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Arch Hellen Med, 37(6), November-December 2019, 744-753


Compulsory admission, family and clinical social work

S. Martinaki,1,2 C. Asimopoulos,2 A. Papaioannou,1 N. Michilovits,1 N. Anastasiadou,2 V. Skevofilax,2 A. Chatzimichailidou2
1First Psychiatric Clinic, "Eginitio" Hospital, National and Kapodistrian University of Athens, Athens,
2Department of Social Work, University of West Attica, Athens, Greece

Over time, the family has proved to be the primary support system and the basic source of care for the mentally ill. Various theories have been propounded as to the role of the family in the etiology and development of serious mental disorders. The family atmosphere, the caregivers' burden and negatively expressed emotions, have all been found to have a negative impact on the progression of the disease and on relapses, and on the psychosocial functioning and overall improvement of the patient. In Greece, a high rate of involuntary hospitalizations (60%) is recorded, the majority of which have been initiated at the request of a member of the patient's family. Clinical social workers are called upon to manage the problems arising from the involuntary hospitalization process. As management approaches and therapeutic interventions are constantly changing, clinical social work, as a dynamically evolving science, adapts to new evidence by applying modern models and practices. Clinical social workers, applying models of crisis intervention and recovery, are able to contribute constructively in supporting the patients and their families, accompanying all family members in the procedures of "continue – adapt to living with the disease".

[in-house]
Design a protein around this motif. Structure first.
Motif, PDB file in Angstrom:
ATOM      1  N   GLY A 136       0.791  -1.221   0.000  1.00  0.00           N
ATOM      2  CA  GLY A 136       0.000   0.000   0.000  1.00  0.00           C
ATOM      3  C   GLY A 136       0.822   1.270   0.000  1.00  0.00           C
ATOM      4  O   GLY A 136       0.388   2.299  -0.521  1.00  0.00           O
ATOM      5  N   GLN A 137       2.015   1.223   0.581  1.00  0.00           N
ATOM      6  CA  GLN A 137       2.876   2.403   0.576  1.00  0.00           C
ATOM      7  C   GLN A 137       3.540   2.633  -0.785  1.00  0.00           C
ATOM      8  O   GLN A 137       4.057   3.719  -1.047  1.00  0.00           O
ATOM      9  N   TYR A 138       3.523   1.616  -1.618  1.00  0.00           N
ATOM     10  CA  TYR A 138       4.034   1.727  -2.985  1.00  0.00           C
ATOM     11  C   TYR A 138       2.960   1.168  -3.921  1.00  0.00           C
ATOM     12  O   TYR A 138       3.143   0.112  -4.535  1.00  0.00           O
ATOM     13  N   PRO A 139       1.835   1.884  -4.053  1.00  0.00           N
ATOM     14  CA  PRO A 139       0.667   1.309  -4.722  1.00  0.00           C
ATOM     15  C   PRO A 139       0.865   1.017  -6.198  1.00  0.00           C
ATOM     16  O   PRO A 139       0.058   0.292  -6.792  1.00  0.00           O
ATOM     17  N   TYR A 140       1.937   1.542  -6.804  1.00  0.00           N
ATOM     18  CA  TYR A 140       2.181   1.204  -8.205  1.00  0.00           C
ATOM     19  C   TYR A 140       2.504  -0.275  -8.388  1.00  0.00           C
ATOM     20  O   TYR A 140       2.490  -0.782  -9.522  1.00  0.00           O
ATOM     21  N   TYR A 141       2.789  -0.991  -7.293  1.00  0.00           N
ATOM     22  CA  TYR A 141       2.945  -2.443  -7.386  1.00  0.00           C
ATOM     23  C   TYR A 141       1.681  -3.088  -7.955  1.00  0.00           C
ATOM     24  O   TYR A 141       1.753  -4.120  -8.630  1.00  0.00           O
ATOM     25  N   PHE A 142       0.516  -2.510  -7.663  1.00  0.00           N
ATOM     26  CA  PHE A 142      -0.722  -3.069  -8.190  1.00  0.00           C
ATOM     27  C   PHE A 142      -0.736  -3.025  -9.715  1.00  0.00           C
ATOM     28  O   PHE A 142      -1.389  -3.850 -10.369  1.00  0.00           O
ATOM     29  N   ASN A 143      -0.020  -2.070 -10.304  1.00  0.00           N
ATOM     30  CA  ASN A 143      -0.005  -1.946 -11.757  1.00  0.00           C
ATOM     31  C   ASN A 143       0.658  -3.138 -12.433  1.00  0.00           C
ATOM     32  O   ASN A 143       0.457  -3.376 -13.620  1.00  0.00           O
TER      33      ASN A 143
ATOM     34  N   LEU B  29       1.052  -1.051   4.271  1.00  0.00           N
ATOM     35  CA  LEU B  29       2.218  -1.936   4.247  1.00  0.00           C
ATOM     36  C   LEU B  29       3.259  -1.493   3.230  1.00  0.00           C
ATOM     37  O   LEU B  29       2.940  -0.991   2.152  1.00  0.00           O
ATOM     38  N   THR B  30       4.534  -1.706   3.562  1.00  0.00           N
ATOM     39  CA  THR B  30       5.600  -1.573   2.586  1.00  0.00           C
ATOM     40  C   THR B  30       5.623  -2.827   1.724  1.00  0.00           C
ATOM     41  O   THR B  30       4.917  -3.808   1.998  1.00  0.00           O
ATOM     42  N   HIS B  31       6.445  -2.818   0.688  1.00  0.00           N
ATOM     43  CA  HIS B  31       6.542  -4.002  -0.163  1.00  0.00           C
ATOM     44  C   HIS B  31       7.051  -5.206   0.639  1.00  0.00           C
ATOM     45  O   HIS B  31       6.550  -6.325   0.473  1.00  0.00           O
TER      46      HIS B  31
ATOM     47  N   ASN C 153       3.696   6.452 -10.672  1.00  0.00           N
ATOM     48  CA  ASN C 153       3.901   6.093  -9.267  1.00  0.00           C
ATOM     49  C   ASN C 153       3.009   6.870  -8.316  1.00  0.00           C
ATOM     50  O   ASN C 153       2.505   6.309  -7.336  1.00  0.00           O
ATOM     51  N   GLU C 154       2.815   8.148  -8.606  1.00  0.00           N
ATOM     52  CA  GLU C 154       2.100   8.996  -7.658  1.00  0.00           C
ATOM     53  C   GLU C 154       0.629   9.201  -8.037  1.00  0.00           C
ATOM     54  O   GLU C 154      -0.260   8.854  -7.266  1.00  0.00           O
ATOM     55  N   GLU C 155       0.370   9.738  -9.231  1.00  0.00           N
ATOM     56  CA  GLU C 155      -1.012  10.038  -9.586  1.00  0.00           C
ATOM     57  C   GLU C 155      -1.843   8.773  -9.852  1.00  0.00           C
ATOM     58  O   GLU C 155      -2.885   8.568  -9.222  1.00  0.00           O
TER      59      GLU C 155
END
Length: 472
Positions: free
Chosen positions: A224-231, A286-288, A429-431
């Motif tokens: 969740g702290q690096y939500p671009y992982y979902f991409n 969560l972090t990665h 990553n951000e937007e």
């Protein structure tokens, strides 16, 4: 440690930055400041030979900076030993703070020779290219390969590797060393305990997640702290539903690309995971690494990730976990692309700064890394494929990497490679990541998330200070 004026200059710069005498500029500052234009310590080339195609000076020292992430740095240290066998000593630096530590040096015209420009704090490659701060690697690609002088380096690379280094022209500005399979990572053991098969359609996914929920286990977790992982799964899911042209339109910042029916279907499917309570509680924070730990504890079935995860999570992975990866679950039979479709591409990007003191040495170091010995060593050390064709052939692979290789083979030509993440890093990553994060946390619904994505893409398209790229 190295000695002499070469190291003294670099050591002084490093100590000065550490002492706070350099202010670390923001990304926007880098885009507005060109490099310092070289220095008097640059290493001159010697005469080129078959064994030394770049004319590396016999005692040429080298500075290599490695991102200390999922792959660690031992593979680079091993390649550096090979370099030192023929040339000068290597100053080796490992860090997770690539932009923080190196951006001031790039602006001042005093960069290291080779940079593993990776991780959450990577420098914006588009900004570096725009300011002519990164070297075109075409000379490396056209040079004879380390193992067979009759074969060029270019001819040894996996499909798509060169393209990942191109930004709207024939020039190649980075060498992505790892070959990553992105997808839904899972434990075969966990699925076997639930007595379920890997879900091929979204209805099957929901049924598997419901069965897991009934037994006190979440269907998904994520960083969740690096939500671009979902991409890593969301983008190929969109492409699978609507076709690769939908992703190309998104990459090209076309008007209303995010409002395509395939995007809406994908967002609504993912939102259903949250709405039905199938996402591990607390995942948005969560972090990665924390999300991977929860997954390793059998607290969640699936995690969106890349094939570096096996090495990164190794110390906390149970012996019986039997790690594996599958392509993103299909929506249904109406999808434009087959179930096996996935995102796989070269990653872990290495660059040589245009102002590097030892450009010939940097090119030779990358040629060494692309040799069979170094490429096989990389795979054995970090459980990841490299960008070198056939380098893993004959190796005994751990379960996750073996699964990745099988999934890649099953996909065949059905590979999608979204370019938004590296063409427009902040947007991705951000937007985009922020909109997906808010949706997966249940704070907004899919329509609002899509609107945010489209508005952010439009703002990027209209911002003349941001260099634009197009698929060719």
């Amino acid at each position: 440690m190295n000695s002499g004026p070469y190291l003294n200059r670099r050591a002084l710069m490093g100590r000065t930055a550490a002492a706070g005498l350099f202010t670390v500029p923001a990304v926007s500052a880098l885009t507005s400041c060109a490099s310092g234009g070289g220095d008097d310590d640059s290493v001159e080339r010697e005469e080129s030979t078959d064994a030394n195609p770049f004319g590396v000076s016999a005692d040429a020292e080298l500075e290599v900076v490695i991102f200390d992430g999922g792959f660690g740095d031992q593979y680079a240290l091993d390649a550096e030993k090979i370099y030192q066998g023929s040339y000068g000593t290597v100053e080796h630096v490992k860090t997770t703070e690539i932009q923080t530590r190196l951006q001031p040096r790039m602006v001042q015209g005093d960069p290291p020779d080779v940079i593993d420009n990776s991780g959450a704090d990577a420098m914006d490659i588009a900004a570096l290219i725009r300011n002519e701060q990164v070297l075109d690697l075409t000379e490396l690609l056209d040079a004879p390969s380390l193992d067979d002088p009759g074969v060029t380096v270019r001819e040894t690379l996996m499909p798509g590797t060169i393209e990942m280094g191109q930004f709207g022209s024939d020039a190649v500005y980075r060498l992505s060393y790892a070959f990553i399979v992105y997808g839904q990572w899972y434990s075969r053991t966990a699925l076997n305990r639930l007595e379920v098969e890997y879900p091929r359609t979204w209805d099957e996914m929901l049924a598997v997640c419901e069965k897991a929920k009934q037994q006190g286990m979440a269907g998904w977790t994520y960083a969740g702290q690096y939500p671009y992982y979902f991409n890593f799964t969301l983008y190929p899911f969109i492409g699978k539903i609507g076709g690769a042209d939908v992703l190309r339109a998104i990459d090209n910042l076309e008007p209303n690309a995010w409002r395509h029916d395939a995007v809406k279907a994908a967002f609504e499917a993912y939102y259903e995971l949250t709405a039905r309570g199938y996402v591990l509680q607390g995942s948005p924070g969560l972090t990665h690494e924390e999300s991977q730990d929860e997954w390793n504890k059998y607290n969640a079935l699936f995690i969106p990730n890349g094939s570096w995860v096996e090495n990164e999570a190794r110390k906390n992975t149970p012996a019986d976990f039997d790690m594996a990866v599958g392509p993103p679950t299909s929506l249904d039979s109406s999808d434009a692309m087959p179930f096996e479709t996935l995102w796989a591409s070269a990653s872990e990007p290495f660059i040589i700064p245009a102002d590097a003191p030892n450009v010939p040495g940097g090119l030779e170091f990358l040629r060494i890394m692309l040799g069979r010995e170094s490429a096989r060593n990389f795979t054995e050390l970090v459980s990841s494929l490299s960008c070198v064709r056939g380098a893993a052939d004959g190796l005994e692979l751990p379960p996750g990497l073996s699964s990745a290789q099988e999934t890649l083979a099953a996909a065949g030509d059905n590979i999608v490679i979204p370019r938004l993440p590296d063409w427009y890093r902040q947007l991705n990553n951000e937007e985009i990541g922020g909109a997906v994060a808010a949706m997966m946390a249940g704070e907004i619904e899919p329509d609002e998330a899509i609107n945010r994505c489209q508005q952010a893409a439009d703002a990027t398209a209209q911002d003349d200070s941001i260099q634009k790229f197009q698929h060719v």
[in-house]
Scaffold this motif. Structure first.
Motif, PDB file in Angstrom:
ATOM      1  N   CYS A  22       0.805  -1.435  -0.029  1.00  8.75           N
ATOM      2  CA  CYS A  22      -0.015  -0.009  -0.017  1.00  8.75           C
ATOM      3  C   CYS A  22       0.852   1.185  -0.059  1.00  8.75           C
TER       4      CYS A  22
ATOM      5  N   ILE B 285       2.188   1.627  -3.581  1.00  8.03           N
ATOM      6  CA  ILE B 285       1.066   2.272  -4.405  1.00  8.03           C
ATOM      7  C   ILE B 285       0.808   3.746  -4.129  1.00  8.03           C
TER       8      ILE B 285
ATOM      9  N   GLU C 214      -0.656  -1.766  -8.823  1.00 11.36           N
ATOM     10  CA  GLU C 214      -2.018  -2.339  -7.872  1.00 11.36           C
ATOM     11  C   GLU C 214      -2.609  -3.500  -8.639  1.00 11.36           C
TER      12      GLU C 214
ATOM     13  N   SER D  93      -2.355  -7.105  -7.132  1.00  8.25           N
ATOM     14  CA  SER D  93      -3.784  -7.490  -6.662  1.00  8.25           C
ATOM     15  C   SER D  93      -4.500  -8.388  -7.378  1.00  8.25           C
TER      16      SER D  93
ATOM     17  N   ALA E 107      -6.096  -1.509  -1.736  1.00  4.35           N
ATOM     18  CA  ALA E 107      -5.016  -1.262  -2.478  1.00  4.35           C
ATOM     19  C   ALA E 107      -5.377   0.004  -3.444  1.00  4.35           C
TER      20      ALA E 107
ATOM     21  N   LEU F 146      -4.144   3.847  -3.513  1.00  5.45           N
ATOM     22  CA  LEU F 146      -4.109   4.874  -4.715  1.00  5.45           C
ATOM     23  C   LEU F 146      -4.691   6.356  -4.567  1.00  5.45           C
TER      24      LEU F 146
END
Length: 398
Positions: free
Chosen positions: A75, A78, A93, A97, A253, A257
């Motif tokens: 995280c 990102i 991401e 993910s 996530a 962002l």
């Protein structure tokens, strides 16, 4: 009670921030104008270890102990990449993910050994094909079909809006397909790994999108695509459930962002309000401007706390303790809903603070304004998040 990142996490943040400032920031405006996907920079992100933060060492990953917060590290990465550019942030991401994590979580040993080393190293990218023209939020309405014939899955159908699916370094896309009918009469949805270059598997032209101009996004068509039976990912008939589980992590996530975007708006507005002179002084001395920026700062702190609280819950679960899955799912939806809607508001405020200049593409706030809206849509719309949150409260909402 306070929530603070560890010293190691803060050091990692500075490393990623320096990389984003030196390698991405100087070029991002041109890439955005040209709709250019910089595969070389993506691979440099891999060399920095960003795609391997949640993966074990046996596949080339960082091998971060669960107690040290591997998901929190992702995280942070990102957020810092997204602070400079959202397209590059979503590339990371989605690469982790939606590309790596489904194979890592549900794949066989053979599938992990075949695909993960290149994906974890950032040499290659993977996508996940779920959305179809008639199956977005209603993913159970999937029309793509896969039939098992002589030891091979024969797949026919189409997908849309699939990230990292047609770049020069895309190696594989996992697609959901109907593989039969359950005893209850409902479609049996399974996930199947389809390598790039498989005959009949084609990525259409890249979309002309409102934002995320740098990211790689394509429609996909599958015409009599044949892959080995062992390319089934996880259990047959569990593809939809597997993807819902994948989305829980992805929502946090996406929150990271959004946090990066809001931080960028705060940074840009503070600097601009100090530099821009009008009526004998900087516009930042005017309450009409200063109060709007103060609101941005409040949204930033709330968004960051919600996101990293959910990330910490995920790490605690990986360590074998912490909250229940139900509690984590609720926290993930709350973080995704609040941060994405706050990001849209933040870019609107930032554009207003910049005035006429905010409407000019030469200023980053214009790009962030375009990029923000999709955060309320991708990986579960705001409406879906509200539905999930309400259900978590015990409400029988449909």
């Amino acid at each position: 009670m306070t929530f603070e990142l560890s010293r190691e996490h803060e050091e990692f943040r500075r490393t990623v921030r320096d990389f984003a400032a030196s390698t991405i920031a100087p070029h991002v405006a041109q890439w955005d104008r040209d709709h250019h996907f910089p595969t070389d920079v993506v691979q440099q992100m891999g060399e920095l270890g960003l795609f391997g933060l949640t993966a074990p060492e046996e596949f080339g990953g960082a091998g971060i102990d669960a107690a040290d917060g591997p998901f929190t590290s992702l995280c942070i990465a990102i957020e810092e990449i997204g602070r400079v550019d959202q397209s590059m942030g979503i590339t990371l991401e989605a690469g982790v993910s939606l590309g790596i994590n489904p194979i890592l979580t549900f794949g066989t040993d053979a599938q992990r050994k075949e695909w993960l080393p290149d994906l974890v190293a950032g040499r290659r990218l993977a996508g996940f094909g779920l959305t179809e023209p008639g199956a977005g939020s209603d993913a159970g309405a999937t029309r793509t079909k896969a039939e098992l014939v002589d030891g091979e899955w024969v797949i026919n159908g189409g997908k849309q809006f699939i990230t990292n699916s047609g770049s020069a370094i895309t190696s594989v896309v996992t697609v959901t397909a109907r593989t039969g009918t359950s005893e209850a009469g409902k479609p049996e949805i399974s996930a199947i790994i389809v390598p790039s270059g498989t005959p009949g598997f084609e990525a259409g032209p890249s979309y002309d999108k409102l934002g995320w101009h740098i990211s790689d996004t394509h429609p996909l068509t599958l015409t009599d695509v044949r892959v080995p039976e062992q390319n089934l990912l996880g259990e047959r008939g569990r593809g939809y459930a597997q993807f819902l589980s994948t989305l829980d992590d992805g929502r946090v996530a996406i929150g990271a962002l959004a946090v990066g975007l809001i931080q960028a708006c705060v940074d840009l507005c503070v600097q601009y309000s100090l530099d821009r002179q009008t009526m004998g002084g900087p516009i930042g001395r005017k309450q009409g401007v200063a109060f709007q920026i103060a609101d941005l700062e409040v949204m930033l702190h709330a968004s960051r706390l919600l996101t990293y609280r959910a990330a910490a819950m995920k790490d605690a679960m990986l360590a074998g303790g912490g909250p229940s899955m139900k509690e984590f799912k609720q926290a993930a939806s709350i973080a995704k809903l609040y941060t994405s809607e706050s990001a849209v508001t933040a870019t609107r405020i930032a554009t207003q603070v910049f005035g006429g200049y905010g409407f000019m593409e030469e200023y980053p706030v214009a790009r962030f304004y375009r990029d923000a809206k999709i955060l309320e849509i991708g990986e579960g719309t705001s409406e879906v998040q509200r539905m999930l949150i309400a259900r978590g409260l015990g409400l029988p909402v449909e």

Key words: Clinical social work, Compulsory admission, Family, Mental illness.

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